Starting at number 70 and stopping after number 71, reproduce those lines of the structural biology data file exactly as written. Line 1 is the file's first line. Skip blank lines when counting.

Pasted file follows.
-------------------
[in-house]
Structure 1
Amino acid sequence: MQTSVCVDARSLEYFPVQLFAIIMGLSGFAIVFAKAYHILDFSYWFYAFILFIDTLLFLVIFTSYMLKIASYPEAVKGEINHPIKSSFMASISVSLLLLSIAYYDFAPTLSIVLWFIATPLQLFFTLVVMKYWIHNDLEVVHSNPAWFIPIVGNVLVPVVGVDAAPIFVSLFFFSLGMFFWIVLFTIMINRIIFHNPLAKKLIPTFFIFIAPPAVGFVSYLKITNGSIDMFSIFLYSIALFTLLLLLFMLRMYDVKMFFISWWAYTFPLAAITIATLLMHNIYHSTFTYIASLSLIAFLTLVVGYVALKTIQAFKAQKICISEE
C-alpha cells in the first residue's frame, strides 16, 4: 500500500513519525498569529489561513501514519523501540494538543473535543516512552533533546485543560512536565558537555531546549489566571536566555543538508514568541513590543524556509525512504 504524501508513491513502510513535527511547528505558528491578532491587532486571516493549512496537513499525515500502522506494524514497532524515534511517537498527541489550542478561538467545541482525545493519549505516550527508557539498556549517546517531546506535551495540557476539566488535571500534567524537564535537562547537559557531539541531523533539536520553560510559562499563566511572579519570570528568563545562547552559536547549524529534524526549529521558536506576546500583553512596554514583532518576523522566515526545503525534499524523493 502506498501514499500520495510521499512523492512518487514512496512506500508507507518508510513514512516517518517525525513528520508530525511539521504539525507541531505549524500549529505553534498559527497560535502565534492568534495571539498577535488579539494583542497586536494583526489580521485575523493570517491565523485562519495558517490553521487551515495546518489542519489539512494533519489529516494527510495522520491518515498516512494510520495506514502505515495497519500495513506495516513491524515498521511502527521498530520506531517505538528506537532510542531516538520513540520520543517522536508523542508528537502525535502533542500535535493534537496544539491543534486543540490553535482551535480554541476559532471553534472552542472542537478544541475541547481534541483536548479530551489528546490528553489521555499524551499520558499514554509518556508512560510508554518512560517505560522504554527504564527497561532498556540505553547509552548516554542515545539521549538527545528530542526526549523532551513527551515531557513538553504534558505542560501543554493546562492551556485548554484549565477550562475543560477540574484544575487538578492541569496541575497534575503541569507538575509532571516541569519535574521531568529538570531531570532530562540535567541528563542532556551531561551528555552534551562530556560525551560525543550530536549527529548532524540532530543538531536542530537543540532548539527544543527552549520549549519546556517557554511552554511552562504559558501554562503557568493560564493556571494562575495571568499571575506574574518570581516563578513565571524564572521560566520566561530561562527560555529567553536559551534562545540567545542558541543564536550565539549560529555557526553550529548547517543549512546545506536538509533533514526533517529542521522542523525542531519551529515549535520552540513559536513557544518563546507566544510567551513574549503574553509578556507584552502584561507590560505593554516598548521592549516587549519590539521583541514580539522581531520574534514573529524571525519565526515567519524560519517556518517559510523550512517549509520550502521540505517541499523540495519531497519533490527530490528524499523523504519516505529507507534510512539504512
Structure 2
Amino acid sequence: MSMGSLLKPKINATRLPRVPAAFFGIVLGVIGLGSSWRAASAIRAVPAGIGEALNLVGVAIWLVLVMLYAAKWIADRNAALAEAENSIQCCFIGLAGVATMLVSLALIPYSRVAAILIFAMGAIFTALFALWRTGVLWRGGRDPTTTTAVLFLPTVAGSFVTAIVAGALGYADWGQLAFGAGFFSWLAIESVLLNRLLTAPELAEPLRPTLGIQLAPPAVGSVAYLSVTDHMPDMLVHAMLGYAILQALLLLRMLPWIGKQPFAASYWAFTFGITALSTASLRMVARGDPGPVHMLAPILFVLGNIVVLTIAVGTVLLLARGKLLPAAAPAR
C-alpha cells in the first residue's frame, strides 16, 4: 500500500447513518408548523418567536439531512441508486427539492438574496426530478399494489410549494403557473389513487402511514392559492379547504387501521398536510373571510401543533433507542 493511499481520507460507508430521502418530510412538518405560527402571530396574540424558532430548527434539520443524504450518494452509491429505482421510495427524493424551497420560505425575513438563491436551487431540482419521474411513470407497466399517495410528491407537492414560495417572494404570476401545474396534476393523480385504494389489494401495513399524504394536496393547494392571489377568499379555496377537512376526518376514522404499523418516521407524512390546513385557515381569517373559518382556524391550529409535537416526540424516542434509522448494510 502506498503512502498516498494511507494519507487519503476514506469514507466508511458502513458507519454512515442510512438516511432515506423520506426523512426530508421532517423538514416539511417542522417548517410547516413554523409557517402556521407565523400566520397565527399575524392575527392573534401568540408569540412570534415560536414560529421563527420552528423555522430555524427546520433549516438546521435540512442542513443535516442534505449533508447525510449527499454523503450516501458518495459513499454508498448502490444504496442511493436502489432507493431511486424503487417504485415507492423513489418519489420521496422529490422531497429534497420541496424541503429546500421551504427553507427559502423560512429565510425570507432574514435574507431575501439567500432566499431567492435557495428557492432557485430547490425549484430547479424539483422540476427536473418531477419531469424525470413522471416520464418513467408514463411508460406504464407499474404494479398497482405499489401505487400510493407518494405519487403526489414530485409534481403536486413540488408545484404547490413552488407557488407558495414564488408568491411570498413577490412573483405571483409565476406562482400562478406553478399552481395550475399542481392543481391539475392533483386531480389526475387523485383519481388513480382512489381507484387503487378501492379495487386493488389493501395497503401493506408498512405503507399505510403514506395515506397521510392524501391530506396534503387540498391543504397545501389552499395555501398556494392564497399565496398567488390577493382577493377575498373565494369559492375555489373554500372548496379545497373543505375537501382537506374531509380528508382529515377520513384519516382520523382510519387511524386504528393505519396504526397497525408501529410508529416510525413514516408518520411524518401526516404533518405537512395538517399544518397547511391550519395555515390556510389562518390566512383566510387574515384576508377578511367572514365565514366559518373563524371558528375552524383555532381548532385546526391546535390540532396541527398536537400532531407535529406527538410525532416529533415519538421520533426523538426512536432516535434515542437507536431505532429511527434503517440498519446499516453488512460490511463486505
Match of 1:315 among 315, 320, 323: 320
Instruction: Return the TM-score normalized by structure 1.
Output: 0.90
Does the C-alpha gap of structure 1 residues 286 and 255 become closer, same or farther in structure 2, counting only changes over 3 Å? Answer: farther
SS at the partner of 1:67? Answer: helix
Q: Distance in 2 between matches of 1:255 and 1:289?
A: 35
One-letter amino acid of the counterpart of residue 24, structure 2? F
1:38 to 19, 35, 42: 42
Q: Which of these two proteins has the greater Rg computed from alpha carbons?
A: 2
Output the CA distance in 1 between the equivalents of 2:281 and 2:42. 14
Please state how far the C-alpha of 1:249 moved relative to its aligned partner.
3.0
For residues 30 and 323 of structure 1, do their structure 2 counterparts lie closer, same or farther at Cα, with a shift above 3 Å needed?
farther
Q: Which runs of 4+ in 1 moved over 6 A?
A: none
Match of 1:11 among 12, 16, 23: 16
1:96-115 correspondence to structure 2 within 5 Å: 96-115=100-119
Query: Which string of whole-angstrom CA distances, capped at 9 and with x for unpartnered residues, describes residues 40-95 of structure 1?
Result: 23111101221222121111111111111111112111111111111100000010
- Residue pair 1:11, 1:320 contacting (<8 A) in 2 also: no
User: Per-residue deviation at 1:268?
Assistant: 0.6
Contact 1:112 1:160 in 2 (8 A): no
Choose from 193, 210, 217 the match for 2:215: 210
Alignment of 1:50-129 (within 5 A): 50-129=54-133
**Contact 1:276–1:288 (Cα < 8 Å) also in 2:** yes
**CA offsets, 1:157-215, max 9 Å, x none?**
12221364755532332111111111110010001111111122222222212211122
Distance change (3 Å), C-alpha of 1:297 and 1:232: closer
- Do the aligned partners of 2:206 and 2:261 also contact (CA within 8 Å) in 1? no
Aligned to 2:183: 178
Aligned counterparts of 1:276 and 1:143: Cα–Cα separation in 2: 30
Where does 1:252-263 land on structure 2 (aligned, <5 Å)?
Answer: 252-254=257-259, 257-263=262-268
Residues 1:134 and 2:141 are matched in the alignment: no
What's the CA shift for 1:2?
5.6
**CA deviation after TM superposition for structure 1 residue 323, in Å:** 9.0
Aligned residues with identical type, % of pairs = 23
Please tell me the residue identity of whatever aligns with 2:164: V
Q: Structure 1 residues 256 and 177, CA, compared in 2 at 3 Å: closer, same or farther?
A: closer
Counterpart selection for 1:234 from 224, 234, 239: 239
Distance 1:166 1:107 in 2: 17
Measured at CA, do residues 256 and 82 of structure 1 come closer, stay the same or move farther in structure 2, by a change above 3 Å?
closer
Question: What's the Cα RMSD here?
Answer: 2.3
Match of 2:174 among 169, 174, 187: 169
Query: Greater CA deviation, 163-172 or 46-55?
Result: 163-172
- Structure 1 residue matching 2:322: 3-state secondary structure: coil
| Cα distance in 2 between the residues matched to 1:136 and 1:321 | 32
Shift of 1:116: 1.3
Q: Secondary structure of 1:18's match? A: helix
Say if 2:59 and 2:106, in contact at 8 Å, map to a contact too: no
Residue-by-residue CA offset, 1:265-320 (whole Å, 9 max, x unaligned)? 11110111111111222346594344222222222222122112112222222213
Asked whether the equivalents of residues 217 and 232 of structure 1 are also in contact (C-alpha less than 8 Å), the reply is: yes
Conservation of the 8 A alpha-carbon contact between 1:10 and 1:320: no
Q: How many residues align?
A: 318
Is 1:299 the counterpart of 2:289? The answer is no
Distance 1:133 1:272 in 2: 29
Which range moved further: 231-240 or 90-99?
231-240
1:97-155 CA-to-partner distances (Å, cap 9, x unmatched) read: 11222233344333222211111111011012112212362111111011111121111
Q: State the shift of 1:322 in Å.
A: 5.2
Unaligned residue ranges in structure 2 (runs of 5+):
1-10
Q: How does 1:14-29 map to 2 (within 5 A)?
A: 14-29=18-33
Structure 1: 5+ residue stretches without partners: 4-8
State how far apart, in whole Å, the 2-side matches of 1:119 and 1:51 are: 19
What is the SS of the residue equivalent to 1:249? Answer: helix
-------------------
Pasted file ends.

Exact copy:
Q: How many residues align?
A: 318